American film director (1894-1973) / From Wikipedia, the free encyclopedia
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John Martin Feeney (February 1, 1894 – August 31, 1973), known professionally as John Ford, was an American film director. He was one of the most important and influential filmmakers of his generation. Ford made frequent use of location shooting and wide shots, in which his characters were framed against a vast, harsh, and rugged natural terrain.
John Martin Feeney
(1894-02-01)February 1, 1894
Cape Elizabeth, Maine, U.S.
|Died||August 31, 1973(1973-08-31) (aged 79)|
Palm Desert, California, U.S.
|Resting place||Holy Cross Cemetery, Culver City, California|
Mary McBride Smith
|Service/||United States Navy|
|Years of service||1942–1945 (active)|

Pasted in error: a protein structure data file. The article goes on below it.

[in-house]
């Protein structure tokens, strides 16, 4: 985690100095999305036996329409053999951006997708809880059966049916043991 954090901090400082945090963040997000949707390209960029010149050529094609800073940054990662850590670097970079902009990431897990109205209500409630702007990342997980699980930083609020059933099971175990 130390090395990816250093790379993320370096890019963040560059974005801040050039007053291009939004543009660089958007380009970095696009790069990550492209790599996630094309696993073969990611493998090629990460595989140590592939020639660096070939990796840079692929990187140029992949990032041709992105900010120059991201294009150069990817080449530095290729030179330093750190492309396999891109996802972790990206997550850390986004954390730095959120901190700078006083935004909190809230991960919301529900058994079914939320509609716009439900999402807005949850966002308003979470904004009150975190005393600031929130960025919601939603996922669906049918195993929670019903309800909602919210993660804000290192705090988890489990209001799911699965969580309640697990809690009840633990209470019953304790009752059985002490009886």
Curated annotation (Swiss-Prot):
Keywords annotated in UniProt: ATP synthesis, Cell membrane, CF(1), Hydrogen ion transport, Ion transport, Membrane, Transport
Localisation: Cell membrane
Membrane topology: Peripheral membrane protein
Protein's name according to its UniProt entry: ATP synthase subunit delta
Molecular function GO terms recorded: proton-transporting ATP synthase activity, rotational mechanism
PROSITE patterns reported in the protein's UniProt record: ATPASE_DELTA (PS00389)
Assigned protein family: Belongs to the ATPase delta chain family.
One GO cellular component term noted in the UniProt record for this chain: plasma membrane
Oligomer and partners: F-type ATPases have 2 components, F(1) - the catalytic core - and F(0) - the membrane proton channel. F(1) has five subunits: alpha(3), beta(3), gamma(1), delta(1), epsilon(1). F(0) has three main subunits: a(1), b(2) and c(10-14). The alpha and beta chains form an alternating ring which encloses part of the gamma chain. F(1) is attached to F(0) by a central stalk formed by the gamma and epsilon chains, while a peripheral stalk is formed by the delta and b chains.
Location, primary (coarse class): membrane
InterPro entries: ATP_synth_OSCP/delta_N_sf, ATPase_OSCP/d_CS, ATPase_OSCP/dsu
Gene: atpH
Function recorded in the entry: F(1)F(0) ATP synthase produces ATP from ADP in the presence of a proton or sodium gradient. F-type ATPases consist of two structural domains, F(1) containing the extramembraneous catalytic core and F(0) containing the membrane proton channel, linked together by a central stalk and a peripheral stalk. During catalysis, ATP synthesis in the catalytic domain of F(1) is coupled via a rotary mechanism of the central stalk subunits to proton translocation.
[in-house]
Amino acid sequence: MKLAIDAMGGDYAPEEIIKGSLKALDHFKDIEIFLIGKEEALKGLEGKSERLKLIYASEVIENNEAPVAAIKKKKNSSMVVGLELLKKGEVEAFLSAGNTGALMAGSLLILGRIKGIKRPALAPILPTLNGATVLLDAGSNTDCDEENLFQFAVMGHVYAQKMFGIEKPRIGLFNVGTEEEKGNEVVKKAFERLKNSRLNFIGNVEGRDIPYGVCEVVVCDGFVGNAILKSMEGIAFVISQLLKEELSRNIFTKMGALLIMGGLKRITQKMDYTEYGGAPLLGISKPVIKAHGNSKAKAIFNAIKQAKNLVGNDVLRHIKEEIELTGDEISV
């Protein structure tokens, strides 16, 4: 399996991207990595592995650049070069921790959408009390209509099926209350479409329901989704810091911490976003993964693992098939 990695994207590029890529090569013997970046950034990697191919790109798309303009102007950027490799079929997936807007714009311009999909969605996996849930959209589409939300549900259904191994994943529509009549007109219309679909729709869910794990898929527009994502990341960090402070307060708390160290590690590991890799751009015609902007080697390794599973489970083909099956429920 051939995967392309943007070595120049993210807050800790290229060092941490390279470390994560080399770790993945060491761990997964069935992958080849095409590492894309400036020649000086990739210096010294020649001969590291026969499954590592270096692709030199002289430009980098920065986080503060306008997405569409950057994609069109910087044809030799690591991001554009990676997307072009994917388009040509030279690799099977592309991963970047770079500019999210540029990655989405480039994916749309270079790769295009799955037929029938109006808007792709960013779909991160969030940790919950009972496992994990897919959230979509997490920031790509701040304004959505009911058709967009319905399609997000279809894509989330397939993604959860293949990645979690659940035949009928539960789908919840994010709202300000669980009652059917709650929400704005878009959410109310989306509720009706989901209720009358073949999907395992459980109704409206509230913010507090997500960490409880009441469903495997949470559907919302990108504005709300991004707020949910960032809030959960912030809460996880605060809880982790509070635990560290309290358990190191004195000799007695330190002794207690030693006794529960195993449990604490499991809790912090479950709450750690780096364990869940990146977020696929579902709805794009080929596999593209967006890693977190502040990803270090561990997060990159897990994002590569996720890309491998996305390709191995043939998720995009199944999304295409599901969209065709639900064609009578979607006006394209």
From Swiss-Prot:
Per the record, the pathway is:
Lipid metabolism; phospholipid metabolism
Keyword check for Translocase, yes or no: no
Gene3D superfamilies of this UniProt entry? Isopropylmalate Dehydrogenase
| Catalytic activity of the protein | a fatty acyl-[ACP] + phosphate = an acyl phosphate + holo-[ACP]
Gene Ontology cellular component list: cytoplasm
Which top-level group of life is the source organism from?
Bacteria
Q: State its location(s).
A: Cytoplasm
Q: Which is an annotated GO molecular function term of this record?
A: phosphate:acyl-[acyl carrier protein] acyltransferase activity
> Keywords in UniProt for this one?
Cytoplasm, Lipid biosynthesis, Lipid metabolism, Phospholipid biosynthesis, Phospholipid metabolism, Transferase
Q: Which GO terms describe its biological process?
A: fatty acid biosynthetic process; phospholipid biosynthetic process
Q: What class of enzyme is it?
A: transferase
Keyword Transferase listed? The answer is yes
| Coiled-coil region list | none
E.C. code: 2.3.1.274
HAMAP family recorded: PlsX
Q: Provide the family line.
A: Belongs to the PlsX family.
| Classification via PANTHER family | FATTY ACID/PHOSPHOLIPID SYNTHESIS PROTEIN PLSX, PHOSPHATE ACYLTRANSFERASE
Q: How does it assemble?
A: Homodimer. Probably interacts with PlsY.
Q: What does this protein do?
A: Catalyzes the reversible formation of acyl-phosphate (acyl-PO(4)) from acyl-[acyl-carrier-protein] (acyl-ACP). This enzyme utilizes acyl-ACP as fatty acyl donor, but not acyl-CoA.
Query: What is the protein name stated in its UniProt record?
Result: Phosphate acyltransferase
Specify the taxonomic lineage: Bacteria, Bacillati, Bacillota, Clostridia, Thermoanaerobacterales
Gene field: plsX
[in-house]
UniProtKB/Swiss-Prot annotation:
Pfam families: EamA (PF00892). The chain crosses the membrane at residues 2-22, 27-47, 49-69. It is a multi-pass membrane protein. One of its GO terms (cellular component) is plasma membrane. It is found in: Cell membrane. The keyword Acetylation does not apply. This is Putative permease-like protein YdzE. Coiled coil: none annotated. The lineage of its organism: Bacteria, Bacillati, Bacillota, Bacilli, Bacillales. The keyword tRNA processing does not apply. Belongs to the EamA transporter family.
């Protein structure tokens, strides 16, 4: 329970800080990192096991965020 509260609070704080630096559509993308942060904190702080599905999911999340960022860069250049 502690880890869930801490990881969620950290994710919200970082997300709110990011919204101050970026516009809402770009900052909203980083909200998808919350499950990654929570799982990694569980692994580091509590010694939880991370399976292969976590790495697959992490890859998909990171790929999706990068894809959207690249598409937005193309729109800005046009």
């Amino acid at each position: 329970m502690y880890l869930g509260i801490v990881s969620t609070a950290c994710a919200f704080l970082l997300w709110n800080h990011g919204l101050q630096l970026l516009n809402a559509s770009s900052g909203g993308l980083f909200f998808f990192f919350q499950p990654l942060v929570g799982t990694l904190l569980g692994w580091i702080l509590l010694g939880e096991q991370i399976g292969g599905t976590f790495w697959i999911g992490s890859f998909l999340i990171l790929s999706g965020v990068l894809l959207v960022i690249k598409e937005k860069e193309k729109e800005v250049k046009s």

|Rank|| Commander (active)|
Rear Admiral (reserve)
|Unit||Office of Strategic Services|
11th Naval District
USS Philippine Sea (CV-47)
|Battles/wars||World War II Korean War|
|Awards|| Legion of Merit with Combat "V"|
Meritorious Service Medal
American Campaign Medal
European–African–Middle Eastern Campaign Medal
Asiatic–Pacific Campaign Medal
World War II Victory Medal
He received six Academy Awards including a record four wins for Best Director for The Informer (1935), The Grapes of Wrath (1940), How Green Was My Valley (1941), and The Quiet Man (1952). He is renowned for Westerns such as Stagecoach (1939), My Darling Clementine (1946), Rio Grande (1950), The Searchers (1956), and The Man Who Shot Liberty Valance (1962).
In a career of more than 50 years, Ford directed more than 140 films (although most of his silent films are now lost). Ford's work was held in high regard by his colleagues, with Akira Kurosawa, Orson Welles and Ingmar Bergman naming him one of the greatest directors of all time.